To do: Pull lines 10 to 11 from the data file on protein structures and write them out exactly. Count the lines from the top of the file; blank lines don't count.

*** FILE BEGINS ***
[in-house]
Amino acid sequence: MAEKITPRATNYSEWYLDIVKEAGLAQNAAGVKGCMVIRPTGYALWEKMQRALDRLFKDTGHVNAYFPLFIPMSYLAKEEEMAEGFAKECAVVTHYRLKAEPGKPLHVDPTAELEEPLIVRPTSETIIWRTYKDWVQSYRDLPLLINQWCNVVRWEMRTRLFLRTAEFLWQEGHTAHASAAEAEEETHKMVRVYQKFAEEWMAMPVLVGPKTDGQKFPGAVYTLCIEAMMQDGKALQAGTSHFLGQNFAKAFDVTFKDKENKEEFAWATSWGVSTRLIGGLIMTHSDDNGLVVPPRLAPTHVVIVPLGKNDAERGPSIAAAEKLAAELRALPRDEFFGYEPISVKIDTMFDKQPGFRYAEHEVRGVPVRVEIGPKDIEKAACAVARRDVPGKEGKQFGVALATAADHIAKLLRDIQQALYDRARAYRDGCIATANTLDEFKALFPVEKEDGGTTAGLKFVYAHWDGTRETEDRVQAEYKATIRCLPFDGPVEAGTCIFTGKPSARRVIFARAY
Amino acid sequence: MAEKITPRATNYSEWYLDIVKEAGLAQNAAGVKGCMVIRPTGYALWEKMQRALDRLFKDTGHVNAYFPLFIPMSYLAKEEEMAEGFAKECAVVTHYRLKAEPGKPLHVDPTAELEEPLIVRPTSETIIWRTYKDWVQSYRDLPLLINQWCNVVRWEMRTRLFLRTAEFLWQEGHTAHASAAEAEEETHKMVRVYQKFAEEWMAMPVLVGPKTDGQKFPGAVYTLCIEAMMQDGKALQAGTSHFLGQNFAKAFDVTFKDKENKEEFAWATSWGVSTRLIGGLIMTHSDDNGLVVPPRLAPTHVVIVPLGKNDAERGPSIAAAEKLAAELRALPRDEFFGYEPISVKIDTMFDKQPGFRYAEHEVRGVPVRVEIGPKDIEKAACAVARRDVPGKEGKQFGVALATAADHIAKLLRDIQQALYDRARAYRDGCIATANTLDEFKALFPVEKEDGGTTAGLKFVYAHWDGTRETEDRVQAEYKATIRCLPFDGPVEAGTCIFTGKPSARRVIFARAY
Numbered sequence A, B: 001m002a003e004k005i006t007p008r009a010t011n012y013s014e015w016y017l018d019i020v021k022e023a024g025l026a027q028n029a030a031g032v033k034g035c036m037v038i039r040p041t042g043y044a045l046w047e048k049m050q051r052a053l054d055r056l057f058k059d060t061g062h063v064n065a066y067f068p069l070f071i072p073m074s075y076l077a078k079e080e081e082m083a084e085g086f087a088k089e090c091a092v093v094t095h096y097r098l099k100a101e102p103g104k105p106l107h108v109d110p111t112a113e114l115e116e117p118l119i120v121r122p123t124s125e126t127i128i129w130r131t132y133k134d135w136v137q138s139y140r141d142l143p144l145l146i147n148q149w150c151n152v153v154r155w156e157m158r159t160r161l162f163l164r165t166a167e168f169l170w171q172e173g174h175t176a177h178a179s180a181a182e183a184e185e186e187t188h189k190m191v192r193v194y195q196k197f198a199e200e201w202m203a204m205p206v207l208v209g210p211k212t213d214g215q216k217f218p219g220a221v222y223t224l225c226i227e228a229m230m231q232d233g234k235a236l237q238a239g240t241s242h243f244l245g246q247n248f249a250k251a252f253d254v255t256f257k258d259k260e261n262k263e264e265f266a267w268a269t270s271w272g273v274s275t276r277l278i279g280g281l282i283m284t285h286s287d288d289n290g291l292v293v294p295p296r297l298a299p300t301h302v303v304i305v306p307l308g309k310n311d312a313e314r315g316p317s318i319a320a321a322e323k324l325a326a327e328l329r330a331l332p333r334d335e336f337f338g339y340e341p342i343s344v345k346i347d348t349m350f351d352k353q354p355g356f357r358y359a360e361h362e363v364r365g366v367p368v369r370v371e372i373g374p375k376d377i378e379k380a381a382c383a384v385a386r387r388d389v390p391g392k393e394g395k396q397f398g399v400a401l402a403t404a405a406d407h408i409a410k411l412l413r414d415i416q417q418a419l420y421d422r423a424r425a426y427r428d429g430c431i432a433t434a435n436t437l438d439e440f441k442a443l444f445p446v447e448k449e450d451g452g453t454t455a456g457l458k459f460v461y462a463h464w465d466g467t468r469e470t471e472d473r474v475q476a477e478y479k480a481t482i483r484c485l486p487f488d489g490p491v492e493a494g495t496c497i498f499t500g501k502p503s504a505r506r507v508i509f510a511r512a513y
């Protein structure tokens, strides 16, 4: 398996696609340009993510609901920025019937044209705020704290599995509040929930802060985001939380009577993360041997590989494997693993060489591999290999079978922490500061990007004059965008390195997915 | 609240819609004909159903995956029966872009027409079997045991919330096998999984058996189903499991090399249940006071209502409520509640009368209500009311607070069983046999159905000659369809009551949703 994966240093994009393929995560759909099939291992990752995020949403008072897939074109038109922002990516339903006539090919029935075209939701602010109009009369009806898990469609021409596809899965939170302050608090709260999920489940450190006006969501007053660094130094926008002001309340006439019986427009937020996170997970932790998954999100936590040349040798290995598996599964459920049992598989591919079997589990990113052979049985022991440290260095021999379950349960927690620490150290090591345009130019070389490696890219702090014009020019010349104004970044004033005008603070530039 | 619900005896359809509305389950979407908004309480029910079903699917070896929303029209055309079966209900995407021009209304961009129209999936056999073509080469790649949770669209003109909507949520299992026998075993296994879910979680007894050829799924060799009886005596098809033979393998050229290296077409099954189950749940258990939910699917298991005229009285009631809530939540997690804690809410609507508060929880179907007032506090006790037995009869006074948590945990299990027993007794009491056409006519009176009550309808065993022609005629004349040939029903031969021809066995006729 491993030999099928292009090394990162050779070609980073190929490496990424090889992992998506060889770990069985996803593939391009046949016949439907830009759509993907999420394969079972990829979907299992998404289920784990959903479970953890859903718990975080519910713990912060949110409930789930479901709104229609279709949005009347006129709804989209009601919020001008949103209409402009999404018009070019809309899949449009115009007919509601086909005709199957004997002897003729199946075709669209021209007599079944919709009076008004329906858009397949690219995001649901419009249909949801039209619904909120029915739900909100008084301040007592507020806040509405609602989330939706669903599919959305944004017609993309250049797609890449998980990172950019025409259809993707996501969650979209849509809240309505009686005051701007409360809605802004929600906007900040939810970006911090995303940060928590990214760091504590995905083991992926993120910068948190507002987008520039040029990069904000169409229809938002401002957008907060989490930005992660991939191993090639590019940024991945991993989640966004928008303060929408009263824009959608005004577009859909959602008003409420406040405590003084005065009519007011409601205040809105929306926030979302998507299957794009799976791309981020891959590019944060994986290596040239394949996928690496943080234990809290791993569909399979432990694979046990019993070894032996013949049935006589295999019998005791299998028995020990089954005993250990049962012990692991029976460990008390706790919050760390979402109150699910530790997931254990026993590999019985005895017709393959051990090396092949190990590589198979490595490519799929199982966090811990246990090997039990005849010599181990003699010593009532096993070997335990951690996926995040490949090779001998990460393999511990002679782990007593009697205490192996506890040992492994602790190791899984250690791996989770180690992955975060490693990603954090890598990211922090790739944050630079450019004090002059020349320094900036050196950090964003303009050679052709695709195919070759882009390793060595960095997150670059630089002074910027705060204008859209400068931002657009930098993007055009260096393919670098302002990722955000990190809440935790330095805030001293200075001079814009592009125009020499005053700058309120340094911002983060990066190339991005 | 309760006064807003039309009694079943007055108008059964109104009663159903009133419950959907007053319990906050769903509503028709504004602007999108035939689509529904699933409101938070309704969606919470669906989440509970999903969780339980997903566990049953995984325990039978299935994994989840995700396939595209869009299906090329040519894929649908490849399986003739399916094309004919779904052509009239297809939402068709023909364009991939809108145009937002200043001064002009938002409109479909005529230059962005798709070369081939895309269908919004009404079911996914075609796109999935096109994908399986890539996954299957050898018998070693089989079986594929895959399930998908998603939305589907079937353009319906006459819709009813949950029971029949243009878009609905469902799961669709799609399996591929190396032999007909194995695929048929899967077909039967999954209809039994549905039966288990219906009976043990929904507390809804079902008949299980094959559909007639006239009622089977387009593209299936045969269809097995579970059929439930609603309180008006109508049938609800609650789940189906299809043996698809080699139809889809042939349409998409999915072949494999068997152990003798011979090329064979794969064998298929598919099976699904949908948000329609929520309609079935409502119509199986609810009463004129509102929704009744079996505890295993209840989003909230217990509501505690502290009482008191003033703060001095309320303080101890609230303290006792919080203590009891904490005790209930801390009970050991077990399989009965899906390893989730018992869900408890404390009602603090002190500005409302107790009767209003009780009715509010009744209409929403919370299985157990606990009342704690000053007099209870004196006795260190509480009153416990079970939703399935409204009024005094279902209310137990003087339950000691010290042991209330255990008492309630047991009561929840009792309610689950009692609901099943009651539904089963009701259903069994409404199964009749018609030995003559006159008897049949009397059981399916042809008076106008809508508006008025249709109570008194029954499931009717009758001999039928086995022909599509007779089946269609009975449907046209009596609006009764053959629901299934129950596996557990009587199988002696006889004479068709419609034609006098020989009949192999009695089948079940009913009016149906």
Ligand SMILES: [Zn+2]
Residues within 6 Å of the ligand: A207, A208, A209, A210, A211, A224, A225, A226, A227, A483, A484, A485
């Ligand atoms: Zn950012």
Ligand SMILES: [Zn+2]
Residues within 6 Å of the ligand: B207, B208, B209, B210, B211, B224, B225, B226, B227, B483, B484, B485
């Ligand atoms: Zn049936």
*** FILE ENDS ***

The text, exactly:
Residues within 6 Å of the ligand: B207, B208, B209, B210, B211, B224, B225, B226, B227, B483, B484, B485
């Ligand atoms: Zn049936």